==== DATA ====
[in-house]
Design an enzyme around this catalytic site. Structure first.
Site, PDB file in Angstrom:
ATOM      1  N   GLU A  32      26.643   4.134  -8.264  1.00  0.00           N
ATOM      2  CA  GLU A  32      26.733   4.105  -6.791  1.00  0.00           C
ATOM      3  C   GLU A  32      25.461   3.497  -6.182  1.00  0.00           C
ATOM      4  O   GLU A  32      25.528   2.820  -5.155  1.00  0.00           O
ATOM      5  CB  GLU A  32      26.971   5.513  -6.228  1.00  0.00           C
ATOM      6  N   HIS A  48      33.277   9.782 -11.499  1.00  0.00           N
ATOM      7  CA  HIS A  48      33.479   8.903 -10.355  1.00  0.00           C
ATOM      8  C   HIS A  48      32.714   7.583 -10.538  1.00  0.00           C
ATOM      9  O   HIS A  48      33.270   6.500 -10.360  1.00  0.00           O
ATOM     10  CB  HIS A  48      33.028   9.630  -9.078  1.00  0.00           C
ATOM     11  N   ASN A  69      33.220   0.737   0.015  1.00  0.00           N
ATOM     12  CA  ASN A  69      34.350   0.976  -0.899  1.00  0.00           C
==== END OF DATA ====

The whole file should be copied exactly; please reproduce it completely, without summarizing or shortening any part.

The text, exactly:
[in-house]
Design an enzyme around this catalytic site. Structure first.
Site, PDB file in Angstrom:
ATOM      1  N   GLU A  32      26.643   4.134  -8.264  1.00  0.00           N
ATOM      2  CA  GLU A  32      26.733   4.105  -6.791  1.00  0.00           C
ATOM      3  C   GLU A  32      25.461   3.497  -6.182  1.00  0.00           C
ATOM      4  O   GLU A  32      25.528   2.820  -5.155  1.00  0.00           O
ATOM      5  CB  GLU A  32      26.971   5.513  -6.228  1.00  0.00           C
ATOM      6  N   HIS A  48      33.277   9.782 -11.499  1.00  0.00           N
ATOM      7  CA  HIS A  48      33.479   8.903 -10.355  1.00  0.00           C
ATOM      8  C   HIS A  48      32.714   7.583 -10.538  1.00  0.00           C
ATOM      9  O   HIS A  48      33.270   6.500 -10.360  1.00  0.00           O
ATOM     10  CB  HIS A  48      33.028   9.630  -9.078  1.00  0.00           C
ATOM     11  N   ASN A  69      33.220   0.737   0.015  1.00  0.00           N
ATOM     12  CA  ASN A  69      34.350   0.976  -0.899  1.00  0.00           C